This is the third in a series of 4 blogs that talks about Kasma Loha-unchit’s Intermediate Thai Cooking Class. A series of 4 classes, it continued on from where her 4-session Beginning Thai Cooking Series left off. Having introduced students to the basics (including how to harmonize flavors to create Thai tastes), it was an opportunity for students to learn more Thai cooking techniques, ingredients and recipes. I’ll leave these blogs up as a record of what Kasma’s classes were like: she retired from teaching in 2020. I’ll include links to the other 3 blogs at the bottom of the page. This blog is about the third Intermediate Cooking Class.
I’ve already blogged on the first two classes in the series:
Kasma’s classes at their best were very much like a group of friends coming together to cook. By the 3rd Intermediate Class, people were getting to know each other and were more comfortable together. By this class they had gotten used to the class format of breaking into groups and taking a recipe from start to finish. If they weren’t hooked on Thai food before this class (most people were), this class was bound to do so!
(Click images to see larger version.)
This class also mirrored what would happen in most advanced classes. One of the recipes was typically a snack (in this class it’s Miang Kam – Tasty Leaf-wrapped Tidbits) and another recipe was a Thai dessert. I know no place in America other than by going through all of Kasma’s classes where you could get such a complete introduction to various Thai foods and desserts in particular. The food in this class was also trending to spicier than before.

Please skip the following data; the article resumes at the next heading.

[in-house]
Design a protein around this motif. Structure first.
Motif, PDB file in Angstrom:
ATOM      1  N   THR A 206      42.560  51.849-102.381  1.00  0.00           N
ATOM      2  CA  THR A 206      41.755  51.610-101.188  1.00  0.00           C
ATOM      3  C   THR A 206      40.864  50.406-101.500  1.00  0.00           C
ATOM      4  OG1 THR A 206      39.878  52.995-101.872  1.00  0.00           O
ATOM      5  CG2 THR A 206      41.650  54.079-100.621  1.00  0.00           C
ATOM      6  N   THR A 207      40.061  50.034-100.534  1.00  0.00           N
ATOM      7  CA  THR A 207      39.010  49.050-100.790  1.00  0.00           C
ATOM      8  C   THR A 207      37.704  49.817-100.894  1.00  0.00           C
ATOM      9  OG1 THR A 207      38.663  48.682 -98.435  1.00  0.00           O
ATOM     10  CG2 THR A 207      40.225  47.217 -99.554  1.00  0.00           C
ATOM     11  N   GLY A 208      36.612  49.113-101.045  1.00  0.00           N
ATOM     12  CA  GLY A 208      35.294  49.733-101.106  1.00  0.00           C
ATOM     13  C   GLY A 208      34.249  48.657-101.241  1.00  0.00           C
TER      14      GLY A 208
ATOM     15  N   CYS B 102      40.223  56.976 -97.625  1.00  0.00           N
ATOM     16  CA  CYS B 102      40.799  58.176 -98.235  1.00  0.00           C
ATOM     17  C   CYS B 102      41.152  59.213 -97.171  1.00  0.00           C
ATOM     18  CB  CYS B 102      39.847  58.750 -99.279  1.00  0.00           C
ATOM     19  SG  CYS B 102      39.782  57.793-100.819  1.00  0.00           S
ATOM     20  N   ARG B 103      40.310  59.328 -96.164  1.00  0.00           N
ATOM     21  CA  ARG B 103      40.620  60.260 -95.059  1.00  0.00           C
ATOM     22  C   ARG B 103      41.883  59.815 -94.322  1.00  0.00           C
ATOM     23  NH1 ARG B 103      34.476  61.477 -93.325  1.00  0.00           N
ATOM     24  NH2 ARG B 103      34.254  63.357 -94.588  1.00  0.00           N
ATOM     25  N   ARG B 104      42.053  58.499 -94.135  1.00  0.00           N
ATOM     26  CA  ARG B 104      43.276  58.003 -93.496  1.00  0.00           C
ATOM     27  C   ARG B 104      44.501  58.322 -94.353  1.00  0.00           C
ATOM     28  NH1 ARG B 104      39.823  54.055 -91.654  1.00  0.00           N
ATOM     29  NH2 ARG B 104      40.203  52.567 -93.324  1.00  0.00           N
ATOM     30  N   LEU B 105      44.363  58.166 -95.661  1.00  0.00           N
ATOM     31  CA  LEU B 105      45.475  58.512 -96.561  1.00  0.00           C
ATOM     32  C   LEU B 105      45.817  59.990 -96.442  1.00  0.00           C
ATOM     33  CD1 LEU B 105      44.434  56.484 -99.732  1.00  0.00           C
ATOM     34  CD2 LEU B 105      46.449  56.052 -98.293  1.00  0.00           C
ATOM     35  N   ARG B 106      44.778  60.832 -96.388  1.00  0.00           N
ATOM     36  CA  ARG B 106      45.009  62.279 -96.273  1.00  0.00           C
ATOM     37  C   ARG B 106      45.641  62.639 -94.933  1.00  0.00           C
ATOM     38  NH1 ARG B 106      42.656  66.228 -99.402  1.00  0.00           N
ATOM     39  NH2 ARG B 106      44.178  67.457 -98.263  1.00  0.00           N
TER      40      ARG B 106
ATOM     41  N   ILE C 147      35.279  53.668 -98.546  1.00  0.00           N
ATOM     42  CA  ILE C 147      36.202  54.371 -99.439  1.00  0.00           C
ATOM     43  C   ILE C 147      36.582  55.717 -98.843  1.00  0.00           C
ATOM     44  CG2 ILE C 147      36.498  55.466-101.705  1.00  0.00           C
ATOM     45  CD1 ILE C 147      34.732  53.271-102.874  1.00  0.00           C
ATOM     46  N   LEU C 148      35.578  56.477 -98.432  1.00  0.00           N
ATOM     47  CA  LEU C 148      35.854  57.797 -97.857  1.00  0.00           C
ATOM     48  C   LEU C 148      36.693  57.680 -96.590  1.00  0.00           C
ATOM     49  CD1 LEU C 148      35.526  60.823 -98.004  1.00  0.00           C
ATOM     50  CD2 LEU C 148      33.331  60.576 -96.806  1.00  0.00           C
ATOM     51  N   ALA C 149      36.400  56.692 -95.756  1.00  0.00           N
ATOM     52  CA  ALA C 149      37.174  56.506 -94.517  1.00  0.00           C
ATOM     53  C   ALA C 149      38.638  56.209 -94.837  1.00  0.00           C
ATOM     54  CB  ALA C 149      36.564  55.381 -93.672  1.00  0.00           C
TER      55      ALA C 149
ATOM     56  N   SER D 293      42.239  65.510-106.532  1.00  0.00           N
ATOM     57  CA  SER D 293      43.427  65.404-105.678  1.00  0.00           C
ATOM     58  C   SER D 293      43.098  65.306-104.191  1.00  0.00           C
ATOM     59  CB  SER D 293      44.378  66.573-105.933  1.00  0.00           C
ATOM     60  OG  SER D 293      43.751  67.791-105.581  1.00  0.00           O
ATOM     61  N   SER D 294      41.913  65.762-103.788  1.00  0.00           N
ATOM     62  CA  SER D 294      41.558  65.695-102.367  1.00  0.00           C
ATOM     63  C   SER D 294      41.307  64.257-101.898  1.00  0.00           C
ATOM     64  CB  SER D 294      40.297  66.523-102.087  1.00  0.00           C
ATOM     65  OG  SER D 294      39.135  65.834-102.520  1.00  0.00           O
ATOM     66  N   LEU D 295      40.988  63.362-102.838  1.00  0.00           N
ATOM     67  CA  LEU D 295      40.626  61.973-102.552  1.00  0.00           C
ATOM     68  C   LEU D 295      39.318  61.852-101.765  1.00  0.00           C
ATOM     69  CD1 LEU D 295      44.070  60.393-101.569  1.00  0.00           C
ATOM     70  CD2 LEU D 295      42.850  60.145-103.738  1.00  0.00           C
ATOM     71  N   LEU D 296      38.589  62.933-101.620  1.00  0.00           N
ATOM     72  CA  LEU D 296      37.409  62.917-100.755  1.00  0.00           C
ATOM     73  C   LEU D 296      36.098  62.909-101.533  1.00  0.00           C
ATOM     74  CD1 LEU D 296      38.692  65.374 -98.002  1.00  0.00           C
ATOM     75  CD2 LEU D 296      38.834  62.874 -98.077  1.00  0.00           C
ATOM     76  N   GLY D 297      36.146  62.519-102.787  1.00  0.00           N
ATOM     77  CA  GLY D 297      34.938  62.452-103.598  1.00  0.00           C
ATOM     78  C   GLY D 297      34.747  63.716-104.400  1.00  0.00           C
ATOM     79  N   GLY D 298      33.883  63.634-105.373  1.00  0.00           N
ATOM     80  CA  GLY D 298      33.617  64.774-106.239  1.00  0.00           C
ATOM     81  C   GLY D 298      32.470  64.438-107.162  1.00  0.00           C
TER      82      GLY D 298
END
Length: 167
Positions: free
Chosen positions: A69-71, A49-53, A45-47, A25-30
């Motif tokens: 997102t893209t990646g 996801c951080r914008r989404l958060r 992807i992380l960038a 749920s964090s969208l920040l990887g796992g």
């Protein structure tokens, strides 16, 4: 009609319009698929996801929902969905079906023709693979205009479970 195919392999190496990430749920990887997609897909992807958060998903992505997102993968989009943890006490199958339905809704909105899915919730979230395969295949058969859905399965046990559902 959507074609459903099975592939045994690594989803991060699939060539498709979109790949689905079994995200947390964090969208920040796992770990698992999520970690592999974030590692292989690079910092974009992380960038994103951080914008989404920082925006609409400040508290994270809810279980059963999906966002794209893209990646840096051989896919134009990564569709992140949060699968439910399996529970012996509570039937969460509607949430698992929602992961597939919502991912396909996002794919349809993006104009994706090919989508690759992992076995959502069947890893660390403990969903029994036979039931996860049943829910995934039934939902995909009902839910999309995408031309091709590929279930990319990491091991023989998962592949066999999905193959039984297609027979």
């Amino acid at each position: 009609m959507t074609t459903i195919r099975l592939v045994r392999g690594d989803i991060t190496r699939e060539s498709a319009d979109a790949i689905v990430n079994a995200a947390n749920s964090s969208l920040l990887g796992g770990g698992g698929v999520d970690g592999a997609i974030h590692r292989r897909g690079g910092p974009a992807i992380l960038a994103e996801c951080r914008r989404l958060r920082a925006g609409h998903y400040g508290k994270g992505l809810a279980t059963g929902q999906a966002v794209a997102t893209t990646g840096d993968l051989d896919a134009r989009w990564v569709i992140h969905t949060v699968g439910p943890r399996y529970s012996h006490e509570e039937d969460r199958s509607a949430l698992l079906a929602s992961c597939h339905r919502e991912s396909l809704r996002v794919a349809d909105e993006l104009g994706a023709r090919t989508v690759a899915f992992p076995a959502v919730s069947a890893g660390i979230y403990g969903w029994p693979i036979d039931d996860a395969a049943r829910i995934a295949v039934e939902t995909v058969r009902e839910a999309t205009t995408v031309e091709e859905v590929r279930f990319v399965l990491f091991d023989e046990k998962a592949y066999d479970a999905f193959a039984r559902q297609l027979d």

One of the strengths of Kasma’s classes was introducing Asian ingredients that are generally unknown to us westerners. In this class the Tasty Leaf-Wrapped Tidbits (Miang Kam) traditionally uses a leaf called bai cha plu – piper sarmentosum – the wild pepper leaf. Since we can find it in local markets, Kasma used it in the class alongside her usual substitute, spinach leaves. Strangely enough nearly all writers about Thai food (including famous ones who should know better) misidentify this leaf as “betel leaf,” which is bai plu – piper betel. See Kasma’s blog Miang Kam uses Bai Cha Plu NOT Betel Leaf (Bai Plu)
In this class, Kasma also introduced fresh water chestnut, used in the Tapioca Pudding. Most students had only tasted canned water chestnuts: the fresh one is fresher, crunchier with a natural sweetness.
In the Intermediate and then Advanced classes, Kasma showed how the same ingredients can be combined in a multitude of ways to make different dishes. In this class, the students learned how to use the mortar & pestle to make a curry paste (Panaeng Curry) from scratch. They learned a delicious stir-fry, which also uses the mortar and pestle to make a paste to be used in the stir-fry. In later classes students got to learn Thai dishes that virtually can not be found elsewhere in this country; some classes focused on regional cuisine. Kasma estimates that the restaurants in the United States probably offer around 5% of the dishes available in Thailand: in her Advanced Classes, you got to sample a large number of that other 95%.
Menu – Intermediate Thai Cooking Class Series #3
Miang Kam (Tasty Leaf-wrapped Tidbits)
Miang is a Thai word used to describe a whole class of leaf-wrapped food. Kasma has a cookbook (written in Thai) that consists only of various miang that you can make. Miang Kam has to be one of the all time best appetizers anywhere in the world: tasty and fun to assemble. It consists of a number of ingredients cut into pea-sized pieces (these are the tidbits), which are wrapped up in a green leaf: in Thailand they use bai cha plu (see above) but you can substitute with any leafy green – Kasma prefers Spinach when she can’t get bai cha plu locally. (We are lucky enough to have 3 or 4 local markets that often carry the leaf.)